South Pasadena Police Sergeant Tony Abdalla accompanies a Monterey Hills School student across the crosswalk where a parent and son were struck by a motorist a few weeks ago. Officials are studying the most effective way to make the crosswlak safe, which could include a permanent crossing guard. Photo by Steve Whitmore

The story captured the attention of South Pasadena. It captured the attention of the South Pasadena City Council during public comments.

The father, David Ellien, stepped up to the microphone in council chambers and recounted the event on Dec. 5. 

He was dropping off his two kids at Monterey Hills School (MHS) on a recent Friday morning. They got out of the car and began to enter the crosswalk, he told the council.

But first Ellien had his two sons, Will and Jude, check both ways before entering the crosswalk to make sure there were no cars oncoming, “just like we always do and just like we always taught them to do,” Ellien told the council. 

They entered the crosswalk and began crossing the street, still checking to make sure no cars were approaching. None were. The City Council was quietly listening. 

David Ellien was noticeably shaken as he recounted the next segment of the experience.

“Out of my peripheral vision I saw something,” Ellien said. “I turned and there was a car basically right there. This was an extremely traumatic event for myself, me and my family. We are extremely fortunate. I turned and saw a vehicle and thought in that moment it’s right here. They are going to brake. And it will be a close call. It became evident in pretty much an instant this car is not going to stop. I knew that and this was going to happen…I was able to move (Jude) and the car basically went through me. The driver admittedly never saw us, never knew we were there, was not aware of us at all until after the event. As I said, it is just amazing that we are both OK. I sustained some injuries. Jude did as well. But nothing major and I promise you, I guarantee you, had I not been there, if my boys had been in that crosswalk without me, they would have been underneath that car. I promise you that. “

Mayor Dr. Richard Schneider was the first to address the shaken father by saying, he and the council were grateful that they were OK, saying, “we are glad that you escaped any serious injuries.” Schneider also said they were aware of the situation and were going to look into it.

Ellien, other parents and administrators from MHS were at the council meeting to ask for a crossing guard at the intersection where this accident occurred, which is the crosswalk at Via Del Rey and Indiana Avenue. They said a crossing guard would have prevented this incident from occurring.

Parent Judy Woo followed Ellien’s emotional testimony with a request for a crossing guard at the intersection. She summed up the issue for the scores of parents at the meeting.

“Safety of our children, parents and community must be our priority,” Woo said. “There has been an increase of near misses at this intersection as well as at both driveways – the exits and entrances to MHS. We need to have a police/crossing guard presence at MHS. Thankfully, the accident at the crosswalk was not a fatality…this could have been avoided if there was a crossing guard.”

A group of MHS students addressed the council on the issue.

“During the November election, South Pasadena voted to keep the Utility Users Tax, which funds our crossing guard and school safety officers,” Megan Sung, 12, told the council. “Which leads to the question: If kids are getting hit by cars in the school zone with a speed limit of 15 miles-per-hour, why shouldn’t we get another crossing guard to help ensure the students’ safety?”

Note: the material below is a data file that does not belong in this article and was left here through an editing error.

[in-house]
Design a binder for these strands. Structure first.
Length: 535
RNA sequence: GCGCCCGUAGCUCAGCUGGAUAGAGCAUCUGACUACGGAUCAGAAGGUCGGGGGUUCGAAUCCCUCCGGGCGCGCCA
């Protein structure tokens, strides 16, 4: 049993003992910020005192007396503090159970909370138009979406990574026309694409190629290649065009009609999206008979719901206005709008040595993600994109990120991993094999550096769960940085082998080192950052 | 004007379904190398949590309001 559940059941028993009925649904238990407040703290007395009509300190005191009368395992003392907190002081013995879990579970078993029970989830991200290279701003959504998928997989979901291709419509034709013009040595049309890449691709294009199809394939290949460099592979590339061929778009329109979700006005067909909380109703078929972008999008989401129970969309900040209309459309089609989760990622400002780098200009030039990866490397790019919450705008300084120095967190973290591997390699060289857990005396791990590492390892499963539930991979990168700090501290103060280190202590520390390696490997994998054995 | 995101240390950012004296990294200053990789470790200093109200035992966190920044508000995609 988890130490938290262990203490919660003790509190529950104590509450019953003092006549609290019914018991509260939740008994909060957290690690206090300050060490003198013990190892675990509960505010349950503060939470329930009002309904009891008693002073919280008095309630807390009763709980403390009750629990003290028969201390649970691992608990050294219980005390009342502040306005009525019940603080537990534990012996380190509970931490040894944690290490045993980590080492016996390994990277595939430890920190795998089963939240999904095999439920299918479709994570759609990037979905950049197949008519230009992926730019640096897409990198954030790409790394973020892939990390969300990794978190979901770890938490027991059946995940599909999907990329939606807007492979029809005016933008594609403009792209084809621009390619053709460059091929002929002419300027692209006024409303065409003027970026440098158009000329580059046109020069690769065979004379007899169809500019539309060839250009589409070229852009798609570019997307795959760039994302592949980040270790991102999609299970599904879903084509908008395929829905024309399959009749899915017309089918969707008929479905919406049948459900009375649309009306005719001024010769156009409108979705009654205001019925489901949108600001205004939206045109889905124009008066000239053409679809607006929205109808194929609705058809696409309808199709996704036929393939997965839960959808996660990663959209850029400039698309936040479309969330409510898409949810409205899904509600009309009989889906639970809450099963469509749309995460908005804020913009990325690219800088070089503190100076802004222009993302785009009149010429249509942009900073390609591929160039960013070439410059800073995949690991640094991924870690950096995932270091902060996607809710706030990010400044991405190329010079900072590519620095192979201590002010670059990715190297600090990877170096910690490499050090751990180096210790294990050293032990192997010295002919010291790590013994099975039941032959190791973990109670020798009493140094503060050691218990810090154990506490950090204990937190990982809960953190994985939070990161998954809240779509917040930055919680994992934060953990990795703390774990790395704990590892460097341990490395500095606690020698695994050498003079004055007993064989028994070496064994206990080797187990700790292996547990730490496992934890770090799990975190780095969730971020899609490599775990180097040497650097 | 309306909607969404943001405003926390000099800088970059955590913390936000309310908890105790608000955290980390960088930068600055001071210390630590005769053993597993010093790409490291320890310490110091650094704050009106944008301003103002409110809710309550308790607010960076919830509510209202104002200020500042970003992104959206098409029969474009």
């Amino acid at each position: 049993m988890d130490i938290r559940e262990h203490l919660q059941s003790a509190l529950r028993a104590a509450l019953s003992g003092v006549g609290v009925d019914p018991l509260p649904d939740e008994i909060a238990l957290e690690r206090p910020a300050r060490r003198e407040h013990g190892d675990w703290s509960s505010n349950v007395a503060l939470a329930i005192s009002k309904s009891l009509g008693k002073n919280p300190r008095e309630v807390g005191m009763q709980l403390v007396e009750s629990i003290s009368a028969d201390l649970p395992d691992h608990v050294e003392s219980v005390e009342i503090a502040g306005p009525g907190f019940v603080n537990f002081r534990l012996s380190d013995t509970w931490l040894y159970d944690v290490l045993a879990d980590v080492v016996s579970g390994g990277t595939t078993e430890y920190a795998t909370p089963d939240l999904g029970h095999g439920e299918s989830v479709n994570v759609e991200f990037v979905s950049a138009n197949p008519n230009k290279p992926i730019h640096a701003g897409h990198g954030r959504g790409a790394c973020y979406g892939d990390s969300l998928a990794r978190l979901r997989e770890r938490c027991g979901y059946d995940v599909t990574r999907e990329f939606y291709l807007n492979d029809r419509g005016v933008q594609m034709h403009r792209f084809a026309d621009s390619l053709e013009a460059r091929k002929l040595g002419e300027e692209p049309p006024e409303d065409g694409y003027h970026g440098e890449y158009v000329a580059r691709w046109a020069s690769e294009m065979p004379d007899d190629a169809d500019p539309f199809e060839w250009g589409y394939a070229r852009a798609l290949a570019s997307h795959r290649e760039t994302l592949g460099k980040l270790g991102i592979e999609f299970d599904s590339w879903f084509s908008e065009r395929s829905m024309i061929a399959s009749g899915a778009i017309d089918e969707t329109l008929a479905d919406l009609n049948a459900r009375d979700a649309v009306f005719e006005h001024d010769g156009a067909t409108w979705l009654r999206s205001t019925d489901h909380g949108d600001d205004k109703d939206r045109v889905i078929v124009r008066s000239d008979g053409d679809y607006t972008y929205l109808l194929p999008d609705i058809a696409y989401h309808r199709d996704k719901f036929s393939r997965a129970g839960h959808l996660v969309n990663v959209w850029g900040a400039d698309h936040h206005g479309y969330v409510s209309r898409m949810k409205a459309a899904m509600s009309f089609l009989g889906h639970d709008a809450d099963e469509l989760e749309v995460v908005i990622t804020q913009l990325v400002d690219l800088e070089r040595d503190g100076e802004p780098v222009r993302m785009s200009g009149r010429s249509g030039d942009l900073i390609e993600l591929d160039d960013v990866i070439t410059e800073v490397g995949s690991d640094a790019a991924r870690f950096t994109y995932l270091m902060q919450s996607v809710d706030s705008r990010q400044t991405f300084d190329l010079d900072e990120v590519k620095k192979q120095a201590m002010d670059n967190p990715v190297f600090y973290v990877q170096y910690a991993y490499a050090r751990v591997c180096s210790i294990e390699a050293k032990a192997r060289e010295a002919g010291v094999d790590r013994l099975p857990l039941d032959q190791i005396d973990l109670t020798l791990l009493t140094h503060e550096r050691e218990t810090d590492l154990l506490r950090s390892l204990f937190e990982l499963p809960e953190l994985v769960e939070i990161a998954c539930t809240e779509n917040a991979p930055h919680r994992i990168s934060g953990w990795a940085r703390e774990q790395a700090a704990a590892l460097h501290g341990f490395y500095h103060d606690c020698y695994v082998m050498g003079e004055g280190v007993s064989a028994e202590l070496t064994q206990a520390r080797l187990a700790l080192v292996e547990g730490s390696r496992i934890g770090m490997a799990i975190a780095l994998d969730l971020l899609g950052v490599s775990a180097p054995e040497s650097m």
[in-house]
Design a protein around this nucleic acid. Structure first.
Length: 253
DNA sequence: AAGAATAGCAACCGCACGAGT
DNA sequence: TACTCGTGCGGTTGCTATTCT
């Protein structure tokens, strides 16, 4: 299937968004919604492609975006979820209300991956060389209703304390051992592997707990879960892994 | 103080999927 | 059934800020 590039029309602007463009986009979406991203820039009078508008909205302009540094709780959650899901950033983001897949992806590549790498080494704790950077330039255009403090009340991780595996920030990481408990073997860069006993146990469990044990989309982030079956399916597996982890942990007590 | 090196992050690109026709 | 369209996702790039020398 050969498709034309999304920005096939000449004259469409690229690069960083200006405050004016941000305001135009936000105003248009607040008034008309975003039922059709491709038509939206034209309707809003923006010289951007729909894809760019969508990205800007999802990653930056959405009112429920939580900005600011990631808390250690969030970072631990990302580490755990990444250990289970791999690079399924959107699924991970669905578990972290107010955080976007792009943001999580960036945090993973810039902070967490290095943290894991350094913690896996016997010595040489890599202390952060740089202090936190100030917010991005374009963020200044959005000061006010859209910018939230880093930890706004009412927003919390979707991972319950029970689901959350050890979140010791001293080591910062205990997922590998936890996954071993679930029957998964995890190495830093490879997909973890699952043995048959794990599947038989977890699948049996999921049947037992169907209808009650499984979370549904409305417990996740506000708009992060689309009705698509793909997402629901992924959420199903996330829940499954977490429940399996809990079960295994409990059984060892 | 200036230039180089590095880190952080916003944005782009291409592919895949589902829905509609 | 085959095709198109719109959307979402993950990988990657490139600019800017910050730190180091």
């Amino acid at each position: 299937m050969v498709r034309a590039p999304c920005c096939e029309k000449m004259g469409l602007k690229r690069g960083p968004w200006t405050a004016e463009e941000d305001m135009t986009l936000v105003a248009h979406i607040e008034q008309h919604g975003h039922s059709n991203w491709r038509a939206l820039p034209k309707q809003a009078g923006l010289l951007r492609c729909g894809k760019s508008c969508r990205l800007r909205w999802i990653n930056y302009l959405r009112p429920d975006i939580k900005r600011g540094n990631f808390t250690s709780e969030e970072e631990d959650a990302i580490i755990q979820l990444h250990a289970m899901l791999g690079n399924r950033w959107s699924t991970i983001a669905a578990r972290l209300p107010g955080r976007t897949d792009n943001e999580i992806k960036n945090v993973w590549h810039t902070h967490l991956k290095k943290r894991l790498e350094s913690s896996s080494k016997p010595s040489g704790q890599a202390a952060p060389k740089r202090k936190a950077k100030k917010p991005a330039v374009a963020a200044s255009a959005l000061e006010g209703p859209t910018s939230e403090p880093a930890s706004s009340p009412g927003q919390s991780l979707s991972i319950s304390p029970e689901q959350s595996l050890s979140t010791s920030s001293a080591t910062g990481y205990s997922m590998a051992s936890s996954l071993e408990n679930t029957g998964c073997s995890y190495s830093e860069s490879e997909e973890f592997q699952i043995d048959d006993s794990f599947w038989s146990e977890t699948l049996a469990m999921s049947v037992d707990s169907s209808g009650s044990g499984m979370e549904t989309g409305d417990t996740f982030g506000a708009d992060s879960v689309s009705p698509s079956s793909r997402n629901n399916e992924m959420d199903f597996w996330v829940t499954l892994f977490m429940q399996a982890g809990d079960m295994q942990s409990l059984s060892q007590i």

City Manager Stephanie DeWolfe said the city would examine the situation and report back to the council as to what the next step should be, which could include installing a crossing guard at the intersection.

Meanwhile, Councilmen Bob Joe and Michael Cacciotti volunteered to come out to MHS to review the situation when the city investigates the traffic issue.

“I think we’ve heard the message,” Schneider said at the end of the presentation regarding the crossing guard at MHS.

In fact, the city dispatched police officers the next day for enforcement purposes who have issued more than 15 citations, most of which for stop sign violations.

The city also has placed what are known as “paddles” in the intersection that tell motorists to slow down. 

And last Friday morning, during the time when parents are dropping off their kids at MHS, city officials, school administrators and police officers gathered at the intersection to discuss more safety options. The group included Ellien, who again told the gathered officials what happened that fateful day. During the meeting at the intersection, Ellien expressed his gratitude for the responsiveness of everyone involved.

“We just wanted to meet with the parents, the PTA and the school principal today,” Stephanie DeWolfe, So Pas city manager, said at the intersection Friday morning. “We are working on a variety of different solutions. We have the acting police chief and several officers here today. We have our traffic engineer. We gathered some really valuable feedback from the group and we are going to look at a variety of different solutions.”

One of those solutions could be a crossing guard, DeWolfe said. She estimates the city will be ready to move forward after about two weeks of study.

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Steve Whitmore is the editor for the South Pasadena Review. Steve has spent more than four decades as an award-winning print and broadcast journalist with a 16-year stint as the senior media advisor for the Los Angeles County Sheriff's Department. Steve comes to us from the Keene Sentinel in Keene, New Hampshire, where he covered politics and was a columnist.

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